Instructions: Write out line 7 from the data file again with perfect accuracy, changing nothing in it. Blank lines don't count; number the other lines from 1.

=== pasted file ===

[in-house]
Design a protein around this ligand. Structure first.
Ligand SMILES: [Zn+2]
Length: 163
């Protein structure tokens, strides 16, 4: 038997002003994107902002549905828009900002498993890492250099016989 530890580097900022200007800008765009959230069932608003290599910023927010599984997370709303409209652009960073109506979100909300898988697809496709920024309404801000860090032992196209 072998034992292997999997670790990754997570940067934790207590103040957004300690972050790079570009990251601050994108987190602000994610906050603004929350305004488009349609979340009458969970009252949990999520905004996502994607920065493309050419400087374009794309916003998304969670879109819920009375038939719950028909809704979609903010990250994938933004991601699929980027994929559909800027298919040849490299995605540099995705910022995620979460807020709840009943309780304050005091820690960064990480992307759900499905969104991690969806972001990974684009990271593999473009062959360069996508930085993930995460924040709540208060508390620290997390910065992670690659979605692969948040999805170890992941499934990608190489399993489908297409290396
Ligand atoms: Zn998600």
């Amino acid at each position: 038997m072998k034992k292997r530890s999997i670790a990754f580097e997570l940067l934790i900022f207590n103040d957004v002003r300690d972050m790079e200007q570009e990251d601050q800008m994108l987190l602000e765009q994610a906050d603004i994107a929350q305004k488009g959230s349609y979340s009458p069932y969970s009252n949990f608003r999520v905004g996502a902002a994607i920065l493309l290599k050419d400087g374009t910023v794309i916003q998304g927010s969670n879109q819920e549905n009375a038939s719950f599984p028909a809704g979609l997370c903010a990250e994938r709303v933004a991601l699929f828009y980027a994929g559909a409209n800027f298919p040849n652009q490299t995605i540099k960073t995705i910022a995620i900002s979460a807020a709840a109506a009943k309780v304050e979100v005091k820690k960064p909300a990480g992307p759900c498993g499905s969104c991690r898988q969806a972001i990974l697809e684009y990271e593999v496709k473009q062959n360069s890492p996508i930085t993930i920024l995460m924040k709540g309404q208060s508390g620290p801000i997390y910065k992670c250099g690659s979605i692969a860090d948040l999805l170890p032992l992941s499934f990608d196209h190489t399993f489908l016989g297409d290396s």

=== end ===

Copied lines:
């Amino acid at each position: 038997m072998k034992k292997r530890s999997i670790a990754f580097e997570l940067l934790i900022f207590n103040d957004v002003r300690d972050m790079e200007q570009e990251d601050q800008m994108l987190l602000e765009q994610a906050d603004i994107a929350q305004k488009g959230s349609y979340s009458p069932y969970s009252n949990f608003r999520v905004g996502a902002a994607i920065l493309l290599k050419d400087g374009t910023v794309i916003q998304g927010s969670n879109q819920e549905n009375a038939s719950f599984p028909a809704g979609l997370c903010a990250e994938r709303v933004a991601l699929f828009y980027a994929g559909a409209n800027f298919p040849n652009q490299t995605i540099k960073t995705i910022a995620i900002s979460a807020a709840a109506a009943k309780v304050e979100v005091k820690k960064p909300a990480g992307p759900c498993g499905s969104c991690r898988q969806a972001i990974l697809e684009y990271e593999v496709k473009q062959n360069s890492p996508i930085t993930i920024l995460m924040k709540g309404q208060s508390g620290p801000i997390y910065k992670c250099g690659s979605i692969a860090d948040l999805l170890p032992l992941s499934f990608d196209h190489t399993f489908l016989g297409d290396s």